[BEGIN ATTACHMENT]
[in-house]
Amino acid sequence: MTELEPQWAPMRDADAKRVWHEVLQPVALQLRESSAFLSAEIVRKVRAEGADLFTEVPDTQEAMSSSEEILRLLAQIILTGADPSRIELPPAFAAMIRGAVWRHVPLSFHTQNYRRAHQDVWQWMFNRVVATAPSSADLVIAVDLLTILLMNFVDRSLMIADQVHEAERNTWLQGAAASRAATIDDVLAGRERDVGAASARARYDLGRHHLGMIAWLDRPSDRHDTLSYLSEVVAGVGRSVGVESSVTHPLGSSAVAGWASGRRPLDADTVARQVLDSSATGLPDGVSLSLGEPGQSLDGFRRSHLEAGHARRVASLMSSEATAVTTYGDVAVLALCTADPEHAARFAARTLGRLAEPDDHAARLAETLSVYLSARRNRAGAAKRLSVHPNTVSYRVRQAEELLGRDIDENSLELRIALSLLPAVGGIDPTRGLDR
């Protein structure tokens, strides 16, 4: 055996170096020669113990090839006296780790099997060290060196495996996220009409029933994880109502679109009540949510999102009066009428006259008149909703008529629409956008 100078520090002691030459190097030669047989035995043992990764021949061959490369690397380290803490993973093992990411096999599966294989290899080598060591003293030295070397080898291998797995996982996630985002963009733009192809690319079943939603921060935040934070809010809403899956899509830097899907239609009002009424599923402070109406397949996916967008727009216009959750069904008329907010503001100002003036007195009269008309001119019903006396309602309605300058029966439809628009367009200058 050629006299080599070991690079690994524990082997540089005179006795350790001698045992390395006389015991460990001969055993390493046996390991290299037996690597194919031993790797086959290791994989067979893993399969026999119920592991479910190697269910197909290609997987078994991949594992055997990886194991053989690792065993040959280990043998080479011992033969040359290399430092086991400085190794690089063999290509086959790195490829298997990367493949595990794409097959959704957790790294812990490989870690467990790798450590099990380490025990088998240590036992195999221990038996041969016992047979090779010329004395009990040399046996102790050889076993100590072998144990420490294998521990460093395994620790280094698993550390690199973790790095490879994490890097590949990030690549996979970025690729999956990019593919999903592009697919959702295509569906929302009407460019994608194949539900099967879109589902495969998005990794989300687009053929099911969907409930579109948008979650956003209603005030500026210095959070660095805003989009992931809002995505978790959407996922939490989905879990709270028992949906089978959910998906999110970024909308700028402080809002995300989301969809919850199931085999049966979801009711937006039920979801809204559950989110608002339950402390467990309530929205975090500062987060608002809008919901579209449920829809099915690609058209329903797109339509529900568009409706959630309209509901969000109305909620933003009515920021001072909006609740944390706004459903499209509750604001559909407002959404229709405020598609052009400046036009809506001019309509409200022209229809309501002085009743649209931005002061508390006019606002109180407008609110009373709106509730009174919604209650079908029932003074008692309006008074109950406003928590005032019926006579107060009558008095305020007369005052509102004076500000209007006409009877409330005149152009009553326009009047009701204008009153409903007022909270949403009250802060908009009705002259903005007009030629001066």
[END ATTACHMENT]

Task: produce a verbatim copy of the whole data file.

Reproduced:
[in-house]
Amino acid sequence: MTELEPQWAPMRDADAKRVWHEVLQPVALQLRESSAFLSAEIVRKVRAEGADLFTEVPDTQEAMSSSEEILRLLAQIILTGADPSRIELPPAFAAMIRGAVWRHVPLSFHTQNYRRAHQDVWQWMFNRVVATAPSSADLVIAVDLLTILLMNFVDRSLMIADQVHEAERNTWLQGAAASRAATIDDVLAGRERDVGAASARARYDLGRHHLGMIAWLDRPSDRHDTLSYLSEVVAGVGRSVGVESSVTHPLGSSAVAGWASGRRPLDADTVARQVLDSSATGLPDGVSLSLGEPGQSLDGFRRSHLEAGHARRVASLMSSEATAVTTYGDVAVLALCTADPEHAARFAARTLGRLAEPDDHAARLAETLSVYLSARRNRAGAAKRLSVHPNTVSYRVRQAEELLGRDIDENSLELRIALSLLPAVGGIDPTRGLDR
């Protein structure tokens, strides 16, 4: 055996170096020669113990090839006296780790099997060290060196495996996220009409029933994880109502679109009540949510999102009066009428006259008149909703008529629409956008 100078520090002691030459190097030669047989035995043992990764021949061959490369690397380290803490993973093992990411096999599966294989290899080598060591003293030295070397080898291998797995996982996630985002963009733009192809690319079943939603921060935040934070809010809403899956899509830097899907239609009002009424599923402070109406397949996916967008727009216009959750069904008329907010503001100002003036007195009269008309001119019903006396309602309605300058029966439809628009367009200058 050629006299080599070991690079690994524990082997540089005179006795350790001698045992390395006389015991460990001969055993390493046996390991290299037996690597194919031993790797086959290791994989067979893993399969026999119920592991479910190697269910197909290609997987078994991949594992055997990886194991053989690792065993040959280990043998080479011992033969040359290399430092086991400085190794690089063999290509086959790195490829298997990367493949595990794409097959959704957790790294812990490989870690467990790798450590099990380490025990088998240590036992195999221990038996041969016992047979090779010329004395009990040399046996102790050889076993100590072998144990420490294998521990460093395994620790280094698993550390690199973790790095490879994490890097590949990030690549996979970025690729999956990019593919999903592009697919959702295509569906929302009407460019994608194949539900099967879109589902495969998005990794989300687009053929099911969907409930579109948008979650956003209603005030500026210095959070660095805003989009992931809002995505978790959407996922939490989905879990709270028992949906089978959910998906999110970024909308700028402080809002995300989301969809919850199931085999049966979801009711937006039920979801809204559950989110608002339950402390467990309530929205975090500062987060608002809008919901579209449920829809099915690609058209329903797109339509529900568009409706959630309209509901969000109305909620933003009515920021001072909006609740944390706004459903499209509750604001559909407002959404229709405020598609052009400046036009809506001019309509409200022209229809309501002085009743649209931005002061508390006019606002109180407008609110009373709106509730009174919604209650079908029932003074008692309006008074109950406003928590005032019926006579107060009558008095305020007369005052509102004076500000209007006409009877409330005149152009009553326009009047009701204008009153409903007022909270949403009250802060908009009705002259903005007009030629001066």